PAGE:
Commissioner of the London Fire Brigade, Dany Cotton said in a televised briefing that there have been a number of fatalities and the number can not be confirmed at this time due to the size and complexity of the building.
Residents said they had warned repeatedly over fire safety in the block.
"Firefighters wearing breathing apparatus are working extremely hard in very difficult conditions to tackle this fire", he said in a post on the brigade's Facebook page. Zara said that she believes he is alright, she thought that he might have broken a bone or two and possibly received some bruises, but the last time that she saw the child, he was alive.
"We declared a major incident very early, which meant not just the fire service but also the London Ambulance Service, the police and the others were involved at the scene", Khan said. "We will cooperate with the relevant authorities and emergency services and fully support their enquiries into the causes of this fire at the appropriate time", the company said in a statement. "A lot of people said 'Help!"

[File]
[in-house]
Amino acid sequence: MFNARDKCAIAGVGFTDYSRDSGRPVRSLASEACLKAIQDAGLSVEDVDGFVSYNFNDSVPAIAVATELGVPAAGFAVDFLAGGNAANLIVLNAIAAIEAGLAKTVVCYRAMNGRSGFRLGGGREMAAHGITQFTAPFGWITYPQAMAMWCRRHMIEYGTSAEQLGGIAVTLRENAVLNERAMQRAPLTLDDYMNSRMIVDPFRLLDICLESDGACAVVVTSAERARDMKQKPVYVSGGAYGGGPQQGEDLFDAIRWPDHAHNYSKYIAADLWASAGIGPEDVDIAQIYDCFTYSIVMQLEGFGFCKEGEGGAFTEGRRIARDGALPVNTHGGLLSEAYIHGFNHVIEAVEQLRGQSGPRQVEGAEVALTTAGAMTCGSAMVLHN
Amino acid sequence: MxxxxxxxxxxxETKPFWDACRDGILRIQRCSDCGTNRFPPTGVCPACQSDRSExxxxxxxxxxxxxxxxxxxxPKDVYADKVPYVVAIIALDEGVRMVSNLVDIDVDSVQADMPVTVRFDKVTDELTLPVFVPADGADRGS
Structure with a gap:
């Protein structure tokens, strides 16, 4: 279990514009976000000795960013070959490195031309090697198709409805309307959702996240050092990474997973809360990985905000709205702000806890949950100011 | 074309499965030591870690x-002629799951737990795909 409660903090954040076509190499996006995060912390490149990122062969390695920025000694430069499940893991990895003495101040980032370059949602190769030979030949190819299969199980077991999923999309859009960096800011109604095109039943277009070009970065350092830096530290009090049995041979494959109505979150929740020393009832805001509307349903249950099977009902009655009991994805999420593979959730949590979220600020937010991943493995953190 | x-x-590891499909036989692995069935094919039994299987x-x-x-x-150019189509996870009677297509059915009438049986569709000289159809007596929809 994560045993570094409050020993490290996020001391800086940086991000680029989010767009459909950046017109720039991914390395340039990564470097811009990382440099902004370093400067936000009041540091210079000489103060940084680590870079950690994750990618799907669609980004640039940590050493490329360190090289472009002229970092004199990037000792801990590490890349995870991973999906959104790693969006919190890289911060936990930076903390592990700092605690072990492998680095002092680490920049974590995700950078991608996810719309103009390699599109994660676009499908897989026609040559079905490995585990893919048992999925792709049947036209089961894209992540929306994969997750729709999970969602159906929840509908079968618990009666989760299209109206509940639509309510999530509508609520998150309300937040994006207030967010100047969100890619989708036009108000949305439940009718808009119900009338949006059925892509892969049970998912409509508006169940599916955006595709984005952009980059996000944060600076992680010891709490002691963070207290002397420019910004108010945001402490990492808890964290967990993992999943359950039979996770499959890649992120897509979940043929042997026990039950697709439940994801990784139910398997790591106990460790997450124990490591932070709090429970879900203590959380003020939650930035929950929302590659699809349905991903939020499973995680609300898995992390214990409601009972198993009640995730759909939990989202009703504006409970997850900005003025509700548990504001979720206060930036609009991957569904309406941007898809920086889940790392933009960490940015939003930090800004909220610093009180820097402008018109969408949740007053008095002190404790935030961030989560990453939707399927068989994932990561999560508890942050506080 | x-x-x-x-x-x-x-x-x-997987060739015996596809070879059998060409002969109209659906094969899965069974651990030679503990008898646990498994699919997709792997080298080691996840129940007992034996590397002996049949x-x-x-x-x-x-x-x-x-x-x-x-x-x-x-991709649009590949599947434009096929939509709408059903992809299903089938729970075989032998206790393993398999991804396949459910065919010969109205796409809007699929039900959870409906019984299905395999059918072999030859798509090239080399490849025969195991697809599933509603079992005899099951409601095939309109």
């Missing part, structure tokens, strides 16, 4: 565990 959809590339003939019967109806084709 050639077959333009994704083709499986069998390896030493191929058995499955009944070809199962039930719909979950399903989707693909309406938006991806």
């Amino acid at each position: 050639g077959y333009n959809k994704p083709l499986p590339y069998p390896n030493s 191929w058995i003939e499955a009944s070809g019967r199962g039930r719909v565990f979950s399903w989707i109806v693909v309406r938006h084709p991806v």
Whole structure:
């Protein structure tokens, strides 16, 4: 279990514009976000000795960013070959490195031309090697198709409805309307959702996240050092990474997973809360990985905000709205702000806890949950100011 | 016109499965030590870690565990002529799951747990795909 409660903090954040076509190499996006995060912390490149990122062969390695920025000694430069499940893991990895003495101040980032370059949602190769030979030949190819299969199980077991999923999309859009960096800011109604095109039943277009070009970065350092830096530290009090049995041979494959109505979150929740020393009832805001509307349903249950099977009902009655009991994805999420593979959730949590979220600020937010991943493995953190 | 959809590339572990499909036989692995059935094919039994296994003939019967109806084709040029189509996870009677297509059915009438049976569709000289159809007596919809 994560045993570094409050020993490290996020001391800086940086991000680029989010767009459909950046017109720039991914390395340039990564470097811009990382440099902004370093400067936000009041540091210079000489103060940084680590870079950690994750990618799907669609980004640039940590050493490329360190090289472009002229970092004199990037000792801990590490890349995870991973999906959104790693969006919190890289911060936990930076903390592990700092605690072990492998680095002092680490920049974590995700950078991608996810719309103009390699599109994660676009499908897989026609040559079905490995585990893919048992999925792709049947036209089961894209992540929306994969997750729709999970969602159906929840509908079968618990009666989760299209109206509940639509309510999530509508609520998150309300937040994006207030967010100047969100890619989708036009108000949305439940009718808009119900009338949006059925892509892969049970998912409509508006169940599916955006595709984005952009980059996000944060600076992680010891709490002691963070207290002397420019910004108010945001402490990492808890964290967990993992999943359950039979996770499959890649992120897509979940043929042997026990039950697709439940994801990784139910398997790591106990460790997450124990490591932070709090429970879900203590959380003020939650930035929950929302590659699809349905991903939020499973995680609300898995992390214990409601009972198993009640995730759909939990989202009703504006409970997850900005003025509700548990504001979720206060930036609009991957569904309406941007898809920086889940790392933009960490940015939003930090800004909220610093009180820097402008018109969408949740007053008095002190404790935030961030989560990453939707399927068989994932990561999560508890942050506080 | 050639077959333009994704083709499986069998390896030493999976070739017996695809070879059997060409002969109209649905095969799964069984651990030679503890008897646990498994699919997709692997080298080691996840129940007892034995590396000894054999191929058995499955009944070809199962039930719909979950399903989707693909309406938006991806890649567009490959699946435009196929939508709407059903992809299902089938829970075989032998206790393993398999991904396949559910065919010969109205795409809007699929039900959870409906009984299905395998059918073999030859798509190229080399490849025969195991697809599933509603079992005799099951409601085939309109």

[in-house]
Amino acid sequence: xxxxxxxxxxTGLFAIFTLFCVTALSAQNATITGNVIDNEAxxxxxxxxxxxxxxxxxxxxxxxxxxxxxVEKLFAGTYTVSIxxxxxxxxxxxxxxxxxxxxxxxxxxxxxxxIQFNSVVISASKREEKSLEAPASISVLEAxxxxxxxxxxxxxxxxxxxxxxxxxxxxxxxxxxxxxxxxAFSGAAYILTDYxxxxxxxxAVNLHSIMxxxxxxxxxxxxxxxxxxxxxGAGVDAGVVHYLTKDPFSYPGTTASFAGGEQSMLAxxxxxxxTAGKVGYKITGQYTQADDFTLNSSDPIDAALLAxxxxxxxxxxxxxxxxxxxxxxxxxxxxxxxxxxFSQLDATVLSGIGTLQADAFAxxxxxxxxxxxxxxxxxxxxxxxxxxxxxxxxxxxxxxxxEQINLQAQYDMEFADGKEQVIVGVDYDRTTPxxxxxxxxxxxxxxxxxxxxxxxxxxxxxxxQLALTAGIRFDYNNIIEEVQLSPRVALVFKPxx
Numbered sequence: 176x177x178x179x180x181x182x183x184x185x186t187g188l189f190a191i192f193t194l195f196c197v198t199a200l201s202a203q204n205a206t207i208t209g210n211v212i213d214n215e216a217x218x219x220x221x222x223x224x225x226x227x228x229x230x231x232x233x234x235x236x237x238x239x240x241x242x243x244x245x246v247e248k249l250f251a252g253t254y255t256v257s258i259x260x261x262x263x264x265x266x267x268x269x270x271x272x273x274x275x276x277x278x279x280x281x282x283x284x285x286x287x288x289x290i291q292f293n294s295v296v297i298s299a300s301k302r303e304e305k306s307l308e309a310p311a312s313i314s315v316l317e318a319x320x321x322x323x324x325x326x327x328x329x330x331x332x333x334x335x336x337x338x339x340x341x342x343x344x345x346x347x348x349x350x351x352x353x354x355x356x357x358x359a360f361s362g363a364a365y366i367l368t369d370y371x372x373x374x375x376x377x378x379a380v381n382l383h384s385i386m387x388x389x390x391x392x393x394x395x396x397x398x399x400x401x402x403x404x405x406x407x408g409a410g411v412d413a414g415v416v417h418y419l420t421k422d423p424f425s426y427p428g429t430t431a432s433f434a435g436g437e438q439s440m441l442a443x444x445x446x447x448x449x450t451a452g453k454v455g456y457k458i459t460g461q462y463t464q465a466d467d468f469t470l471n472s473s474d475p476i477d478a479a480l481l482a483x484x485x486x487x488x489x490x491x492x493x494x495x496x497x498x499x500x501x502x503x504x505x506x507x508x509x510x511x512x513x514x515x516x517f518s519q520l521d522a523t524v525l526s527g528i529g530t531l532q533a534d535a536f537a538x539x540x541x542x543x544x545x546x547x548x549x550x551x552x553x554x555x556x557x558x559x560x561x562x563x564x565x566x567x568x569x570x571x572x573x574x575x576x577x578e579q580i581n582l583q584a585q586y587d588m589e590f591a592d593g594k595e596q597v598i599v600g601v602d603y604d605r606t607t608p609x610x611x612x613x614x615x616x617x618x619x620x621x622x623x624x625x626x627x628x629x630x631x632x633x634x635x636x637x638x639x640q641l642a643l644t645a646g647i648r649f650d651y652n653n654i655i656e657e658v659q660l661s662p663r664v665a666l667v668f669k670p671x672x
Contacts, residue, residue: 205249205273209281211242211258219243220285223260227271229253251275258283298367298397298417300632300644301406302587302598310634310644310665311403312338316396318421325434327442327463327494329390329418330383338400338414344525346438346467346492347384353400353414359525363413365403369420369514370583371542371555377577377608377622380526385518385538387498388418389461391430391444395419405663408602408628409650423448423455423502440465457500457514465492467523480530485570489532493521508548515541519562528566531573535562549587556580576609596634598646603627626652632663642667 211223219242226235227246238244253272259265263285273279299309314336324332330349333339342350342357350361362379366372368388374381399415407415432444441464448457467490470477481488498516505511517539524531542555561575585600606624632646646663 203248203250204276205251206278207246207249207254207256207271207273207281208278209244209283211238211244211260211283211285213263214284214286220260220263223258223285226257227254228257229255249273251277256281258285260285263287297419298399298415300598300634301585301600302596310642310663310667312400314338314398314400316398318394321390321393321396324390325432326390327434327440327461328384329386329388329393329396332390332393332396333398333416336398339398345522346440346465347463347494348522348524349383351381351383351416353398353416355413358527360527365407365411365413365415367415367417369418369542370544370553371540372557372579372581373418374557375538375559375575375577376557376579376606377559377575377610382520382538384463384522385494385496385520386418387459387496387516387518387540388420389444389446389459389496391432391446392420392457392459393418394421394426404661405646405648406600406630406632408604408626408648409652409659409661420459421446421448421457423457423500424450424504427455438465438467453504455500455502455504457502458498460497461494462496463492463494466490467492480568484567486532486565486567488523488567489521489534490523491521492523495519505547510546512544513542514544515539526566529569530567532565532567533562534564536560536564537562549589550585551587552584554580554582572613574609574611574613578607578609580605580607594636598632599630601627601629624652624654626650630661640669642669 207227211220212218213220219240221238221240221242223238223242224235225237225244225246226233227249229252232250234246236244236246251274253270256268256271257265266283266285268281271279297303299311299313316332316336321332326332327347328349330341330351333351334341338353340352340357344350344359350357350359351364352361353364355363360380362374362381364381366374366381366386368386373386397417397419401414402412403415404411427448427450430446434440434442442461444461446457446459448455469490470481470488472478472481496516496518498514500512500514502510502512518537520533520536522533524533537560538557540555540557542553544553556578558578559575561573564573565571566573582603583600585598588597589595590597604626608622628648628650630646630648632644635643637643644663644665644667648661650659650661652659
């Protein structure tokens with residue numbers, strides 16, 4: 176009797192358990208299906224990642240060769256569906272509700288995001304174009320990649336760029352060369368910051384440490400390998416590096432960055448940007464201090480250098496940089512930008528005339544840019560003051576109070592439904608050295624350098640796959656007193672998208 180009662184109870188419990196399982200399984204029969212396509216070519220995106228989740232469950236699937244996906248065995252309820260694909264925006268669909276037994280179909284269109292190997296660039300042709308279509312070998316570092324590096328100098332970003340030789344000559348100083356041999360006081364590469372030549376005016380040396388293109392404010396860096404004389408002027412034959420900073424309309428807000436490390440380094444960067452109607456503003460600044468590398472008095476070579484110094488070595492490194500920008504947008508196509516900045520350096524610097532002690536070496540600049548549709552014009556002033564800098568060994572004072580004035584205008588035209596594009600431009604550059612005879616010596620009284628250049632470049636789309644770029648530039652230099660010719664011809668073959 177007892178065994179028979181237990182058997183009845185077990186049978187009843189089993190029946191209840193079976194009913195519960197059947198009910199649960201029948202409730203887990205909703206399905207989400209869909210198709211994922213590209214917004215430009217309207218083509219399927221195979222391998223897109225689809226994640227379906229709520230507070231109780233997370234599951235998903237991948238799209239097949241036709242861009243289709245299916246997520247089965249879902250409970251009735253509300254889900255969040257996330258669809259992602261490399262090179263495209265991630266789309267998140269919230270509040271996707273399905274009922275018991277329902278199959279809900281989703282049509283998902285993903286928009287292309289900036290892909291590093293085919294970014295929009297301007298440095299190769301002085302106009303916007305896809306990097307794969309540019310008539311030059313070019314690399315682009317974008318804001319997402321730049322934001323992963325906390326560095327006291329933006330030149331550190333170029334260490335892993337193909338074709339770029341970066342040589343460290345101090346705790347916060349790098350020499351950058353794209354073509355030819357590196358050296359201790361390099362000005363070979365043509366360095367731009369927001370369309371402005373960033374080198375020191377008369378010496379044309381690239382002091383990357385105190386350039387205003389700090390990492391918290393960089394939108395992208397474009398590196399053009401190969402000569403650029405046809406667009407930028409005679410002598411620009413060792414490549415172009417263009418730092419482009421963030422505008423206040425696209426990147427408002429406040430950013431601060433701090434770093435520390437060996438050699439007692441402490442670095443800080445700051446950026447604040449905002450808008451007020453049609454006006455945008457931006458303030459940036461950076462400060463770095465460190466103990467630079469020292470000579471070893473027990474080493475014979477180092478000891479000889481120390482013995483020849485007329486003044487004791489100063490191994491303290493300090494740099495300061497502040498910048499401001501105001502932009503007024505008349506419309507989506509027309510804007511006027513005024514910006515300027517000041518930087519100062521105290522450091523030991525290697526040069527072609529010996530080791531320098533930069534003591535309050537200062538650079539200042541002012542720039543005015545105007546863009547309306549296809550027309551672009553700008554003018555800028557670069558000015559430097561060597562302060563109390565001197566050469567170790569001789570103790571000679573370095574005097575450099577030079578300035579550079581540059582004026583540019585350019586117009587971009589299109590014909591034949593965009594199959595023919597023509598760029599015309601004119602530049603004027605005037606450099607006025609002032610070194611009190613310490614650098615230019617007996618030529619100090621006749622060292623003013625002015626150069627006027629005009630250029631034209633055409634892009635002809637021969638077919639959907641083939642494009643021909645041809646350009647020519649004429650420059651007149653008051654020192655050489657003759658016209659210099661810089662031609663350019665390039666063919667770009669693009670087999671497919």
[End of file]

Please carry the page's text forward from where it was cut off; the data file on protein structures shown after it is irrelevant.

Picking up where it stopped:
People outside were shouting at firefighters to use more water on the fire as "there are people in there burning to death".
She added: "In my 29 years of being a firefighter, I have never, ever seen anything of this scale". It is managed by Kensington and Chelsea Tenant Management Organisation (KCTMO) on behalf of Kensington and Chelsea London Borough Council.
Sprinklers in the building were reportedly not functional, and signs inside the building told residents to stay in their flats in the event of fire.
Officials did not immediately know what caused the blaze. "We were just standing screaming and they were screaming".
"It is our conviction that a serious fire in a tower block or similar high-density residential property is the most likely reason" for any change in the fire safety standards to occur. "If we had stayed in that flat, we would've perished". The BBC reported that "several hundred" residents could have been at home when the fire started just after midnight.